Belarus detains activists as Lukashenko struggles to quash dissent
Police target protest and strike leaders after huge rally re-energises opposition
Belarusian opposition figure Sviatlana Tsikhanouskaya speaks to US deputy secretary of state Stephen Biegun during their meeting in Vilnius on Monday. Photograph: Sviatlana Tsikhanouskaya campaign office via AP
Belarusian president Alexander Lukashenko (second left), armed with a Kalashnikov-type rifle, walks surrounded by his bodyguards near the Palace of Independence in Minsk on Sunday. Photograph: State TV and Radio Company of Belarus via AP
Several prominent opposition activists have been detained in Belarus as its autocratic president, Alexander Lukashenko, tries to ride out an unprecedented wave of protests and strikes against his 26-year rule.
Olga Kovalkova and Sergei Dylevsky – two leaders of the opposition “co-ordination council” that wants to negotiate a peaceful transfer of power in Belarus – were held by police on Monday outside the Minsk Tractor Factory, where long-time employee Mr Dylevsky organised a strike when nationwide demonstrations erupted this month.
Two other members of the council, Nobel Prize-winning author Svetlana Alexievich and former Belarusian culture minister and diplomat Pavel Latushko, were summoned for questioning.
Police also reportedly detained Sergei Lavrinovich, a member of the strike committee at a major Minsk truck factory, and Anatoly Bokan, a strike organiser at Belaruskali, the world’s biggest potash producer and one of the country’s main sources of foreign revenue.
Mr Lukashenko had threatened to take tougher steps against his opponents this week, and on Monday he said schoolteachers who did not support the “state ideology . . . should not be in school.”
“If someone has crossed over to the other camp, then we need to deal with them too,” he told education minister Igor Karpenko.
Despite warnings that protests would not be tolerated and striking workers would be sacked, Belarusians defied Mr Lukashenko again in huge numbers on Sunday, when more than 100,000 people marched through Minsk and smaller crowds took to the streets of other towns and cities.
Though the marches were peaceful, Mr Lukashenko deployed armed troops to guard a war memorial in Minsk, and later flew to the presidential palace in the city with his son Nikolai (15), where both emerged from the helicopter wearing flak jackets and wielding automatic rifles.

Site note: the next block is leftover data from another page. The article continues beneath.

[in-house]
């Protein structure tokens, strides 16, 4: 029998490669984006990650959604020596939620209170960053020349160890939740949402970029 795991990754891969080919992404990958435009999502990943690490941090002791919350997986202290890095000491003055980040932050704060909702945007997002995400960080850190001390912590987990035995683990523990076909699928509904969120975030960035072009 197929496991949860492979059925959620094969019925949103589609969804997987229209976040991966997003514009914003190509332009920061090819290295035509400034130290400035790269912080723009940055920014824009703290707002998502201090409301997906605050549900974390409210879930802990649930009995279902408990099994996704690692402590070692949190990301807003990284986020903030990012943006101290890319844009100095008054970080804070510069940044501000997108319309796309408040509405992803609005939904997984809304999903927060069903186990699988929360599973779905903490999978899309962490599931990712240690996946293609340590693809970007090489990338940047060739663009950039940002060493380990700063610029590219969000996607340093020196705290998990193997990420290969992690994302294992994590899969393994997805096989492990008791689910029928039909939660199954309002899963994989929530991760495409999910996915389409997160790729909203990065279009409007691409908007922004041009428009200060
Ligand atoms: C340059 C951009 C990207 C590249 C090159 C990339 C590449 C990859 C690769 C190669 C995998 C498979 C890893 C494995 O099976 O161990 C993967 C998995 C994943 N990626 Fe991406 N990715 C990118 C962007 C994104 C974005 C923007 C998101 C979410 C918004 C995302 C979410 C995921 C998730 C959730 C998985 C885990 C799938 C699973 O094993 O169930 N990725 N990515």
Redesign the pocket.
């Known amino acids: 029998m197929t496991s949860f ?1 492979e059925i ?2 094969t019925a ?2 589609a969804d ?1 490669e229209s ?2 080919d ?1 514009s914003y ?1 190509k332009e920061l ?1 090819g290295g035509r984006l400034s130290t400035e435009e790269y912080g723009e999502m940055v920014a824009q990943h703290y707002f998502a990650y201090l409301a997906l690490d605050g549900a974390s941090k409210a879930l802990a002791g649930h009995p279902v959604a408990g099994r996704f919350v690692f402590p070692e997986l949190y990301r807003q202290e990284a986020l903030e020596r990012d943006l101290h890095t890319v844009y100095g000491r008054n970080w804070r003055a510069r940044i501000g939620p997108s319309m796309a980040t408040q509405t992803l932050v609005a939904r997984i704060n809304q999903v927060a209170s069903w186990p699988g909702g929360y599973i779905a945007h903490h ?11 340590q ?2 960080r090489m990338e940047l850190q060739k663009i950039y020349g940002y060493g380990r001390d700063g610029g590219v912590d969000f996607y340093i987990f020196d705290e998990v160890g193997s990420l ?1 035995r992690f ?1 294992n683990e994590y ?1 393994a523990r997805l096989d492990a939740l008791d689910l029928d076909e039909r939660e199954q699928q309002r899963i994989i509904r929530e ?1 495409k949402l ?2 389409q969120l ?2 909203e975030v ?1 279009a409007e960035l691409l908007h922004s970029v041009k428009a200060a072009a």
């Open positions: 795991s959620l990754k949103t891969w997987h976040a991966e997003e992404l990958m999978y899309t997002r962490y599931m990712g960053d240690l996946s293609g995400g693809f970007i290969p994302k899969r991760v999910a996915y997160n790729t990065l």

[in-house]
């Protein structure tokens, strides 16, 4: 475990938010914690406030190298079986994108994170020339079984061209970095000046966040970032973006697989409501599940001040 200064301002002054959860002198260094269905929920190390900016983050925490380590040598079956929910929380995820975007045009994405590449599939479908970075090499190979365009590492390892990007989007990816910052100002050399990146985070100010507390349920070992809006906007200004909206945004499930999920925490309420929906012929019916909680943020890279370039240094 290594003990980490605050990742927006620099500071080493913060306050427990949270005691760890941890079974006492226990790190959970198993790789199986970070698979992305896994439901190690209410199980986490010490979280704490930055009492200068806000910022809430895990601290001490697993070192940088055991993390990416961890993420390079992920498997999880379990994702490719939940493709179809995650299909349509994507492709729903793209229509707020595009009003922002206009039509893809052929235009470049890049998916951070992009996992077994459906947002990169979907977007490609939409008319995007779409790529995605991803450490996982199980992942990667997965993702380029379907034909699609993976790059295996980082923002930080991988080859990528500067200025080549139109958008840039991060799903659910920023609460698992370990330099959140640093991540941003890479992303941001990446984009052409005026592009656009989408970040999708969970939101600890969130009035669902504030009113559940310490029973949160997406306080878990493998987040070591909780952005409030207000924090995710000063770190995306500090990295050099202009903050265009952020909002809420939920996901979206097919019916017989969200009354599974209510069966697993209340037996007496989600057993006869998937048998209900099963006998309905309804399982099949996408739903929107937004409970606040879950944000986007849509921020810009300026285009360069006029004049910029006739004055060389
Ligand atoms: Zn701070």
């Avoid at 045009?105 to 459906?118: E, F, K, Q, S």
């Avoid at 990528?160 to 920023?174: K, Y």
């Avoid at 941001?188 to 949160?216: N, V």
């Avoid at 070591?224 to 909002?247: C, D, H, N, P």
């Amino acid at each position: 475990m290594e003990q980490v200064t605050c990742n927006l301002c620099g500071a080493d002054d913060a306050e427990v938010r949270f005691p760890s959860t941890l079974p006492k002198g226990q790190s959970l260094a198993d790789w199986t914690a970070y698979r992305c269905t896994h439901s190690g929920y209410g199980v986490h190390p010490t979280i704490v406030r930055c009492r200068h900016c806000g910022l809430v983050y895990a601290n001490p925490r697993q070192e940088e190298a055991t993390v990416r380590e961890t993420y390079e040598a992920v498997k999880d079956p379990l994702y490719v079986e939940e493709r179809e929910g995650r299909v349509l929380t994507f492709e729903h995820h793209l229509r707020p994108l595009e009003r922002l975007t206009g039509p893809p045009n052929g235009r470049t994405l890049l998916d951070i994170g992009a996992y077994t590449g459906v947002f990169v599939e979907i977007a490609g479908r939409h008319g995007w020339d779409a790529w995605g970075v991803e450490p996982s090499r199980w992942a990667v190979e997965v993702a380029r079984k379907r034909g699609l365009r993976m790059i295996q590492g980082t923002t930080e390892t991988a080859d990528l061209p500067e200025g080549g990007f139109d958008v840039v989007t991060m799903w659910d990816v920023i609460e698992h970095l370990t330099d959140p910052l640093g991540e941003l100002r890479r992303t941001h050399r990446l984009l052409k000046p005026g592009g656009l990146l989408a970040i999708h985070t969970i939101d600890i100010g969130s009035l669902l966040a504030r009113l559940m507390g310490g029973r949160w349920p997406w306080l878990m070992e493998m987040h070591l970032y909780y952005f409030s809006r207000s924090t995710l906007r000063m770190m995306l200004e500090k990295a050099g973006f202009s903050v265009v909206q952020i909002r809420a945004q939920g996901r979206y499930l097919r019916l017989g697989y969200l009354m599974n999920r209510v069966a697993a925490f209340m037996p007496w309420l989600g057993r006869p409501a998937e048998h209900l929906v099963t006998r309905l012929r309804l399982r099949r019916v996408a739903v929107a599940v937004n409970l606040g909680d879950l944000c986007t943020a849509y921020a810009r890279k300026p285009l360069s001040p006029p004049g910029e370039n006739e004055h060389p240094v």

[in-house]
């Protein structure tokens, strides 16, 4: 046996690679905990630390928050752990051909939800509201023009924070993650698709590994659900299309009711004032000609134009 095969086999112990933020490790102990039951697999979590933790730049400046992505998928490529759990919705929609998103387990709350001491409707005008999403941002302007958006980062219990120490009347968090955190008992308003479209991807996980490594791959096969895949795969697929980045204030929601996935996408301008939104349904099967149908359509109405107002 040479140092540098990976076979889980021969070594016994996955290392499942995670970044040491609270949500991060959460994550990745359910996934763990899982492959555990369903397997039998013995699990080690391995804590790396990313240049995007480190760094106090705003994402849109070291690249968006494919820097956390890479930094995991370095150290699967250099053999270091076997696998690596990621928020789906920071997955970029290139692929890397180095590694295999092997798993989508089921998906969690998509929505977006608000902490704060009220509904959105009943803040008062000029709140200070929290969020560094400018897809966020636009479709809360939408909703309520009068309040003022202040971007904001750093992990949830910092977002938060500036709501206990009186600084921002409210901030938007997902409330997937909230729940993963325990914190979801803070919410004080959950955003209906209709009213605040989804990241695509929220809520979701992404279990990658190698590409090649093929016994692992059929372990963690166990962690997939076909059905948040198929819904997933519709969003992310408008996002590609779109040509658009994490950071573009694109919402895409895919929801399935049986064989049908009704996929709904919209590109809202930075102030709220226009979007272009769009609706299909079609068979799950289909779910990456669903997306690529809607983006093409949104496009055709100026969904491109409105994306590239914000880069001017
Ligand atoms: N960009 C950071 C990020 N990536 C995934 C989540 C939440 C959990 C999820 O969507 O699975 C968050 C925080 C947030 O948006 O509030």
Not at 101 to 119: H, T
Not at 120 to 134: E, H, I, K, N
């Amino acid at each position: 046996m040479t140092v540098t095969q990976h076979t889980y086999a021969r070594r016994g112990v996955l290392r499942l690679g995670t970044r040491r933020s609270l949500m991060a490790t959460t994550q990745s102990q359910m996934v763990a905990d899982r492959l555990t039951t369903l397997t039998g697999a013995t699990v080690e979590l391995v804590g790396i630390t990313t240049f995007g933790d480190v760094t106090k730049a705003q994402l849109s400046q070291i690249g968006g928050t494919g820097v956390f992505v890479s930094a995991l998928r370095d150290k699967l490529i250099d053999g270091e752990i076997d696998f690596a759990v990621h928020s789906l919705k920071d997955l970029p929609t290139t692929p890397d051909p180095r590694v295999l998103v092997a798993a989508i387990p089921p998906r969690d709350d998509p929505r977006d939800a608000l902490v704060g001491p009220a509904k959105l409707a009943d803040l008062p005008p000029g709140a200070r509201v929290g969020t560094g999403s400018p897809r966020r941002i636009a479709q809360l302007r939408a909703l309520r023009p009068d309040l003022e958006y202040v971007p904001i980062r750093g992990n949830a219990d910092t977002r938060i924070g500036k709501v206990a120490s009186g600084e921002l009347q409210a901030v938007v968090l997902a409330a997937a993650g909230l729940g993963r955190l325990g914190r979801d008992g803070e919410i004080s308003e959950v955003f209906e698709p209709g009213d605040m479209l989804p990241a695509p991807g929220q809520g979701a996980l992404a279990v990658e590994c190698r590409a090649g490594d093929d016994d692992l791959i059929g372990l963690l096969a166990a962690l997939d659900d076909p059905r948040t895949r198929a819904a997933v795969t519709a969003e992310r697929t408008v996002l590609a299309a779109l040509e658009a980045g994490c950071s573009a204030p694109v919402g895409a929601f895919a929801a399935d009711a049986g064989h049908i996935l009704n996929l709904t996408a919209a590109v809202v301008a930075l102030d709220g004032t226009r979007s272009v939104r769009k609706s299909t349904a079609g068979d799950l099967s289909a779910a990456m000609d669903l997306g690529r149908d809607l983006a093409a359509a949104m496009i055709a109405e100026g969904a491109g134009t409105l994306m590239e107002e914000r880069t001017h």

“All week they tried to scare us and set us against each other . . . But yesterday it became clear that nothing worked out for them, and it won’t work out,” said Maria Kolesnikova, another leader of the opposition’s co-ordination council.
“We are a unified people and the authorities should understand one simple thing: it’s impossible to turn back the current situation. We demand that the voice of the majority be heard,” she added.
“We consider it very strange that the person running the country should allow himself to run around in a very strange outfit with a strange weapon in the middle of Minsk . . . If he thinks that 80 per cent of the Belarusian people voted for him, then why is he hiding in fear behind barbed wire?”
Mr Lukashenko (65) insists he secured a landslide victory in an August 9th election that his critics and the European Union say was neither free nor fair.
Opposition candidate Svetlana Tikhanovskaya says she won the vote. She fled to Lithuania after allegedly being threatened in Belarus, and Mr Lukashenko now claims that Nato troops in that Baltic state and neighbouring Poland pose a threat to his country, and he has asked Russia to come to his aid if necessary.
Mr Lukashenko spoke about the situation in Belarus with Russian counterpart Vladimir Putin, a day before US deputy secretary of state Stephen Biegun is expected to discuss the crisis in Moscow. Mr Biegun met Ms Tikhanovskaya in the Lithuanian capital, Vilnius, on Monday.